2015021020150216 (R4)

Comedy performer and broadcaster Helen Keen, explores a rare condition that she herself once suffered from, known as selective mutism or SM. An anxiety disorder that develops in childhood, those affected by SM can usually speak fluently in some situations, notably at home, but remain silent elsewhere - such as in school, with extended family members, or even parents. Their inability to speak is so severe that it's been likened to a phobia of speaking, and is often accompanied by the physical symptoms of extreme anxiety. Selective mutism can be mistaken for shyness or worse, a deliberate refusal to talk. But in reality, these children are desperate to speak, to share their thoughts and ideas, to make friends and to fulfil the expectations of their teachers and parents, in taking an active part in class activities. Yet somehow the words remain "trapped" inside as the anxiety, frustration and fear, builds.

Though relatively rare, increasing awareness and official recognition of selective mutism in the psychiatric literature has seen an increase in diagnoses. Today, it's estimated to affect about 1 in 150 children in the UK - roughly equivalent to the number of children who are affected by classic autism. The causes of selective mutism are poorly understood but a genetic component is likely as are environmental influences. What's clear is that without early intervention, SM can take hold and persist well into adulthood and in rare cases can develop into more acute mental health problems. As Helen knows only too well, it can be a lonely place to grow up in as the quiet child is so often, 'the forgotten child'. It wasn't until Helen was in her early twenties that she managed to break the silence.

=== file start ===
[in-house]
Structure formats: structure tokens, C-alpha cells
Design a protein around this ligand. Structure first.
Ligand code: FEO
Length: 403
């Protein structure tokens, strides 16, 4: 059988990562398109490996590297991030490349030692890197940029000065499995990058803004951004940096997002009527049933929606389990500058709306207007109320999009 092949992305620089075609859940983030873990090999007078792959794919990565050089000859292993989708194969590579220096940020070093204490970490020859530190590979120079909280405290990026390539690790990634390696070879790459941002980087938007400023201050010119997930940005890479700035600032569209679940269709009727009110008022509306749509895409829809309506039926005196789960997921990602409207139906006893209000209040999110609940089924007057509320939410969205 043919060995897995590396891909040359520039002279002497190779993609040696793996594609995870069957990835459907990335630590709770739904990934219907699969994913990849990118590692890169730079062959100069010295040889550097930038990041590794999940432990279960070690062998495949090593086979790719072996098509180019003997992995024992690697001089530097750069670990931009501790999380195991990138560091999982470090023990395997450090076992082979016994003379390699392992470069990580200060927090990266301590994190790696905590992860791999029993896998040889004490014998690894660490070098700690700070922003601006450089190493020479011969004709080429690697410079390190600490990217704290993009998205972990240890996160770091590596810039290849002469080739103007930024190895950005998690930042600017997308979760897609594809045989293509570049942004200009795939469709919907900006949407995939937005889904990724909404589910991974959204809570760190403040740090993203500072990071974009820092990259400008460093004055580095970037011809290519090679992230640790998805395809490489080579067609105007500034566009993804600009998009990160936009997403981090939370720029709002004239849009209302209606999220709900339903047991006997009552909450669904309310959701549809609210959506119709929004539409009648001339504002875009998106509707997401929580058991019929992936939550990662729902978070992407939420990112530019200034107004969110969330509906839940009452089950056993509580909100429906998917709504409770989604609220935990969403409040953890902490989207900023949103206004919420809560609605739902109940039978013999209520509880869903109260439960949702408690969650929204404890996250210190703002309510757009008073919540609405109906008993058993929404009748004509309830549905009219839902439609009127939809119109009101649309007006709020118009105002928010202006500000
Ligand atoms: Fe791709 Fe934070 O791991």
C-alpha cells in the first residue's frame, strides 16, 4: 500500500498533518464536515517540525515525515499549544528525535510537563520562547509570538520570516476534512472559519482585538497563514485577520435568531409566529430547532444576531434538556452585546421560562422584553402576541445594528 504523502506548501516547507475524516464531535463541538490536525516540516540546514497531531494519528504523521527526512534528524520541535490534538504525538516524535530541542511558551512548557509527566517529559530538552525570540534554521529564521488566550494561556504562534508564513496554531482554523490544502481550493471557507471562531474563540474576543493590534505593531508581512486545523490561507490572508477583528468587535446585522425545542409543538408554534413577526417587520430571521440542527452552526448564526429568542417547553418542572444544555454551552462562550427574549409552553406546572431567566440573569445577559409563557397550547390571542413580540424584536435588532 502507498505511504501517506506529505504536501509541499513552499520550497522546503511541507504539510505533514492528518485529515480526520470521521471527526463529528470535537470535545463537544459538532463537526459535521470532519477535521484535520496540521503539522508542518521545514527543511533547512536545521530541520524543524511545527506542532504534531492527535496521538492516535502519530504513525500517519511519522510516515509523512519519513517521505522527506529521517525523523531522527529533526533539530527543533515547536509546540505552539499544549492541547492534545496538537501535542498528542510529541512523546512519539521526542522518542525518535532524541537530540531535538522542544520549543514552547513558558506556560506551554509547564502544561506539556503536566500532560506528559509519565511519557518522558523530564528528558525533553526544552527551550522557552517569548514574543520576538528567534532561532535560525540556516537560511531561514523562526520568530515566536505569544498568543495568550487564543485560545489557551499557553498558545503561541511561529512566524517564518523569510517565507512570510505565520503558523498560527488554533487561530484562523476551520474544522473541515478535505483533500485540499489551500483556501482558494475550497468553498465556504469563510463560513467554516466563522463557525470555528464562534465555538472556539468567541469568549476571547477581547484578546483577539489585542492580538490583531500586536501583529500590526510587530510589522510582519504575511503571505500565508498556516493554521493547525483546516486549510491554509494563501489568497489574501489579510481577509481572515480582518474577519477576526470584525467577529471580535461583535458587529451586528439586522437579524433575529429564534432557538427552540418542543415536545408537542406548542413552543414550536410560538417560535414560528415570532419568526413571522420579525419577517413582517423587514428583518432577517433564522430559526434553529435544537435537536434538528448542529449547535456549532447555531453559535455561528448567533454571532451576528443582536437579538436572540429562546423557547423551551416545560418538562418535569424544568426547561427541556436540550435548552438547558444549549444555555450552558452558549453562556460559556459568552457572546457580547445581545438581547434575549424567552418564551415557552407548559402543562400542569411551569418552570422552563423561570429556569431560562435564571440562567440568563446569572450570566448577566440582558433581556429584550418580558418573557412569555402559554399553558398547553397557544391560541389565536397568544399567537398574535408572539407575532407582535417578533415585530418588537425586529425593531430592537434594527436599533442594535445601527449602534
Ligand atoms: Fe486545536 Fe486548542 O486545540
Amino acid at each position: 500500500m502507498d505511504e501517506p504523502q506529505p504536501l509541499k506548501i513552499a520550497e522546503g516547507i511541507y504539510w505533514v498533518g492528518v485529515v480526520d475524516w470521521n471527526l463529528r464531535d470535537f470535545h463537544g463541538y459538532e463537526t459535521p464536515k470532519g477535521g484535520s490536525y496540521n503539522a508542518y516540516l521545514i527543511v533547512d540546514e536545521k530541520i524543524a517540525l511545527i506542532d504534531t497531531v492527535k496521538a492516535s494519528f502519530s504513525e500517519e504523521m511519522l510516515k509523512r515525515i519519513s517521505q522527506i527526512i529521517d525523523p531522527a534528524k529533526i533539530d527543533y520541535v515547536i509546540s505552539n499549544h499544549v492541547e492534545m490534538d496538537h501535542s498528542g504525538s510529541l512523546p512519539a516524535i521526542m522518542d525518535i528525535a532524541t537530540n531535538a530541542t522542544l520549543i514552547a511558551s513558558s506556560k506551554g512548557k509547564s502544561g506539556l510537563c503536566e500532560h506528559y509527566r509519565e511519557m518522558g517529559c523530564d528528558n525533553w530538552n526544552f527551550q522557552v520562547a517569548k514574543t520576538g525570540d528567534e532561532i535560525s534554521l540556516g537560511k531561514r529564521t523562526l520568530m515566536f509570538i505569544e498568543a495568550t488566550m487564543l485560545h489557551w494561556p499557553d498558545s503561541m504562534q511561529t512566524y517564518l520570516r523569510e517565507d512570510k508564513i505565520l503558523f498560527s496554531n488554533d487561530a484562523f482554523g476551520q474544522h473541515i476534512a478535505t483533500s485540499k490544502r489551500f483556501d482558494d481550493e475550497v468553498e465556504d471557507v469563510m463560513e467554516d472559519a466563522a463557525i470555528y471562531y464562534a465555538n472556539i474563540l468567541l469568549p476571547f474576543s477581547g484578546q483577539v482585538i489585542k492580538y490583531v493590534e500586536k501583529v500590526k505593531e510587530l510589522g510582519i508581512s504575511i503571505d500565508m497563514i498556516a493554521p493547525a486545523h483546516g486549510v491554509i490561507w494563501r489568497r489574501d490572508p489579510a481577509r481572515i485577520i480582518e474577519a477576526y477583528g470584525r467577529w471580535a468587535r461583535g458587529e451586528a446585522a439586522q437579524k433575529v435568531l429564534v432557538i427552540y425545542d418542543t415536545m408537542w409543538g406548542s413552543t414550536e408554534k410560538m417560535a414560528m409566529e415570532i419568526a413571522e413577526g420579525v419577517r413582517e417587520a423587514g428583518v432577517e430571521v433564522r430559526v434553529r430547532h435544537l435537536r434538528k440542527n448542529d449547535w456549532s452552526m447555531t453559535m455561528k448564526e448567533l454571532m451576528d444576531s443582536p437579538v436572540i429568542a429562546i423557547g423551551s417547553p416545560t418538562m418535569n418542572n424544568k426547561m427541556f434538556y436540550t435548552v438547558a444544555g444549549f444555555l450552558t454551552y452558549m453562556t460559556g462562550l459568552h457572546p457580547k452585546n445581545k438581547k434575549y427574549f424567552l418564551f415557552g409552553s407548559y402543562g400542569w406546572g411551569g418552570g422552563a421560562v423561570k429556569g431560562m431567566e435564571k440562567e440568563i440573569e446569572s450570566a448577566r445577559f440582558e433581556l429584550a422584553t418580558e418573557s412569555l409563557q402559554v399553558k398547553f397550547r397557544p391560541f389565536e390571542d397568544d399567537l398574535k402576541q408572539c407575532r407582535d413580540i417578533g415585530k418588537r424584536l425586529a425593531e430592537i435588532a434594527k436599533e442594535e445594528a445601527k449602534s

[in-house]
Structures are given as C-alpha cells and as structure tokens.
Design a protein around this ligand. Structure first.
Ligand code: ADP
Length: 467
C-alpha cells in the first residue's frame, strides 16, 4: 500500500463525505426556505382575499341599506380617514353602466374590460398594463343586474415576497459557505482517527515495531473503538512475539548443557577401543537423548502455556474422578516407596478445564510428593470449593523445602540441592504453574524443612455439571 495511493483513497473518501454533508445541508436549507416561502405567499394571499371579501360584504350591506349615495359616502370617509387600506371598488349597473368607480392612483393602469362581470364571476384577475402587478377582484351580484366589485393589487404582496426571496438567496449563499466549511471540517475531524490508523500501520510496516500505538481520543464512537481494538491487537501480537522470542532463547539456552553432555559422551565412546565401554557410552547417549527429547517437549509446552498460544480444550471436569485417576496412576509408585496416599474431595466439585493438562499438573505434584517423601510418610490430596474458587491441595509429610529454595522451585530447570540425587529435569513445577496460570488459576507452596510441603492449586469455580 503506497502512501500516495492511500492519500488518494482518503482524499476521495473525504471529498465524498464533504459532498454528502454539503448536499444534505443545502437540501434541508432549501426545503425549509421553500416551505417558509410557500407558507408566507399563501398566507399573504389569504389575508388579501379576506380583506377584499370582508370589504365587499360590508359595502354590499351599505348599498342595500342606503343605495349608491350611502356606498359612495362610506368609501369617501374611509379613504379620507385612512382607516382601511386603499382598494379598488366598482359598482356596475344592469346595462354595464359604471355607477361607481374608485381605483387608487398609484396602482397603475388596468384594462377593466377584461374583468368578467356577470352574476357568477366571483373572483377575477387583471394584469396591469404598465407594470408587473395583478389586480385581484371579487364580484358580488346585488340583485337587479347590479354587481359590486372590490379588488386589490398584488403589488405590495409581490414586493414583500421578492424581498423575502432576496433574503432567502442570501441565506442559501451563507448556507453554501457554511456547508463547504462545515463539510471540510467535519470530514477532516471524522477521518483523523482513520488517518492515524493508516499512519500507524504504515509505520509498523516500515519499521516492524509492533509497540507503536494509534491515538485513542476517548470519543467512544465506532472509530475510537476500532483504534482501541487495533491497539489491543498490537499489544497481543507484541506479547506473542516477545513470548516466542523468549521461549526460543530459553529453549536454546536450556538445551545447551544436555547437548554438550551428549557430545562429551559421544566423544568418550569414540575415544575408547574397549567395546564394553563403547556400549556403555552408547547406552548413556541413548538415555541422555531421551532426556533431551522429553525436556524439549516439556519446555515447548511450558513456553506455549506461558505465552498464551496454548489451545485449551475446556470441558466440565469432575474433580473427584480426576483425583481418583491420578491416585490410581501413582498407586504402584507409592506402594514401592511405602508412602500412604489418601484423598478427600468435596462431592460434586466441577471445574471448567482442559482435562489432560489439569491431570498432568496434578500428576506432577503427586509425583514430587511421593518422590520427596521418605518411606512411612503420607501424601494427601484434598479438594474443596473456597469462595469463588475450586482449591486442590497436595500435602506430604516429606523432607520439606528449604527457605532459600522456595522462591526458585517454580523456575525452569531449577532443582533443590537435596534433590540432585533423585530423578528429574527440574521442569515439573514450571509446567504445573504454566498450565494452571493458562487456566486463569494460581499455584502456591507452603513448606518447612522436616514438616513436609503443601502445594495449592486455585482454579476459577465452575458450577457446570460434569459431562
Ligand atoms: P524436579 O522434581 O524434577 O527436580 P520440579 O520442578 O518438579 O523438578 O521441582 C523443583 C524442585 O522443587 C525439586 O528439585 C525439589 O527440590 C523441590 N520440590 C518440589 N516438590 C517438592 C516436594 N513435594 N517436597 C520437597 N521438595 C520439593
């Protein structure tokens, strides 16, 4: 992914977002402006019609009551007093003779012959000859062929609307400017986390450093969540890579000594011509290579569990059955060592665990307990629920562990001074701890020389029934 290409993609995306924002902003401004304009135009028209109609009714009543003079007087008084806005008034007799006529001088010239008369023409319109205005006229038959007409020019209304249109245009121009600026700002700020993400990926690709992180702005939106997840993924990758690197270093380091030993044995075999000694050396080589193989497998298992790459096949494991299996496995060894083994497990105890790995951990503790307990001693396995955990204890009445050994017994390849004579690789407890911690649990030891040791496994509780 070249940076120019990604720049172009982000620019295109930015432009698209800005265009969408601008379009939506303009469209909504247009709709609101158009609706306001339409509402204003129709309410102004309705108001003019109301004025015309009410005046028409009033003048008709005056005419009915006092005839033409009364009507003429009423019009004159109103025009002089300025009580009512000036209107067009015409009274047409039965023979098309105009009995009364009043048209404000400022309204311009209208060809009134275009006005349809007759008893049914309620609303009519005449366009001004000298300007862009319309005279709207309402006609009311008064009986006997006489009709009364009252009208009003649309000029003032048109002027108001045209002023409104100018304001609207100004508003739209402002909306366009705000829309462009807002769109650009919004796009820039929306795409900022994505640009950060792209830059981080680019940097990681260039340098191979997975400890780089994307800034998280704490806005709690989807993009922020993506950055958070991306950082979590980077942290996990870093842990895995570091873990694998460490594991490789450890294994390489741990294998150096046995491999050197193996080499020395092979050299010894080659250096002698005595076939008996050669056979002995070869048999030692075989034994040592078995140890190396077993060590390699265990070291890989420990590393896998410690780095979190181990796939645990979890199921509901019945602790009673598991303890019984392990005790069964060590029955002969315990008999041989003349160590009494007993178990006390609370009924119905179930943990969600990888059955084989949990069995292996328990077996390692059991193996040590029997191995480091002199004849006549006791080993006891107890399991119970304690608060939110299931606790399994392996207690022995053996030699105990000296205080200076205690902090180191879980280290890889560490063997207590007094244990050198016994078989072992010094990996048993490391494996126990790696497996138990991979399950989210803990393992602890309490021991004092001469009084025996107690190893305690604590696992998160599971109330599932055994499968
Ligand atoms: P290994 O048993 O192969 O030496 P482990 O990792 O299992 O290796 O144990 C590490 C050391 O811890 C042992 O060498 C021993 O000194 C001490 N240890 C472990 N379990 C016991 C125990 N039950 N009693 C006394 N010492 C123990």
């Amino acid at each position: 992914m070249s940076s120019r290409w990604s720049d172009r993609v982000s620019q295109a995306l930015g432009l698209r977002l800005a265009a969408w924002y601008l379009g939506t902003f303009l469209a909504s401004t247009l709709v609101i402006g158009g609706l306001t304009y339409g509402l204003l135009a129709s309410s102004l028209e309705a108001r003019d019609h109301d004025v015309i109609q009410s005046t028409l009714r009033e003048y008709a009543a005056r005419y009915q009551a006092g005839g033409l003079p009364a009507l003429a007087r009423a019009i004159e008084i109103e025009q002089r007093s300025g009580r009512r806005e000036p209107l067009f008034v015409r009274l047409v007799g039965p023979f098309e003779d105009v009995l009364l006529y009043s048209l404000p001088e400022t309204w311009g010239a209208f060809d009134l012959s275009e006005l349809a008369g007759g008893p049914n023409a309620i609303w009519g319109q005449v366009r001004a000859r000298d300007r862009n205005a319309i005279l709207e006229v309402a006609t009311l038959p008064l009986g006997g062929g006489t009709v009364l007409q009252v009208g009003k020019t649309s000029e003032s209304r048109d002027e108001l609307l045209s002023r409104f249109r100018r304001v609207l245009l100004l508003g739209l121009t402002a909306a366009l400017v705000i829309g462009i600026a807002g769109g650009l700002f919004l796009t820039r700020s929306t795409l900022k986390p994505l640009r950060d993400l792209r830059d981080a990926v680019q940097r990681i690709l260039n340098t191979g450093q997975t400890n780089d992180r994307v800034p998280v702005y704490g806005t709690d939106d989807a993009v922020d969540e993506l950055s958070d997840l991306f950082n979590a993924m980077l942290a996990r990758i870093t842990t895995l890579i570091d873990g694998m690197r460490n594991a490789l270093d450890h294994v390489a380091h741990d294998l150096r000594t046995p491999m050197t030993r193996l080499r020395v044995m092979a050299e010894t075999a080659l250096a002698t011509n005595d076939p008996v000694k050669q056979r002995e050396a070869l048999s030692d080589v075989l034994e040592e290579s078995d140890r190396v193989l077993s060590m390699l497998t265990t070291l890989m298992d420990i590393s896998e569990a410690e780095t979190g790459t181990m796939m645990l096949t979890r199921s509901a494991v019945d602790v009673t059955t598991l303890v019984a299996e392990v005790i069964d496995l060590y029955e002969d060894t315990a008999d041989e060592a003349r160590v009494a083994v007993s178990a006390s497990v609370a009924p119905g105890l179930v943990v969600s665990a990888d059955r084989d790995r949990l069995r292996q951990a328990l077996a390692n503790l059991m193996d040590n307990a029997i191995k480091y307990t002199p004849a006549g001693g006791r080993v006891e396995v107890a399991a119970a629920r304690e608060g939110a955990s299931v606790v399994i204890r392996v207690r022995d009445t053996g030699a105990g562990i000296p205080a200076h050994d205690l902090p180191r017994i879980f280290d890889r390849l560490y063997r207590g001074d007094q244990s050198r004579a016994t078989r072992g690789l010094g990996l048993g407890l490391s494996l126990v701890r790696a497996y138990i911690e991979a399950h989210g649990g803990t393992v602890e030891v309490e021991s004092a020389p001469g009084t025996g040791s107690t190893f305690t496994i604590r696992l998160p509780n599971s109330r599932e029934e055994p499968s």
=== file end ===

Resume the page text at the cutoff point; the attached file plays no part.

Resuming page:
In this programme, Helen meets some of those affected by SM, including parents and former sufferers as well as experts helping children to find their voice again. Producer: Rami Tzabar. Clip of the Alternative Comedy Experience courtesy of Comedy Central.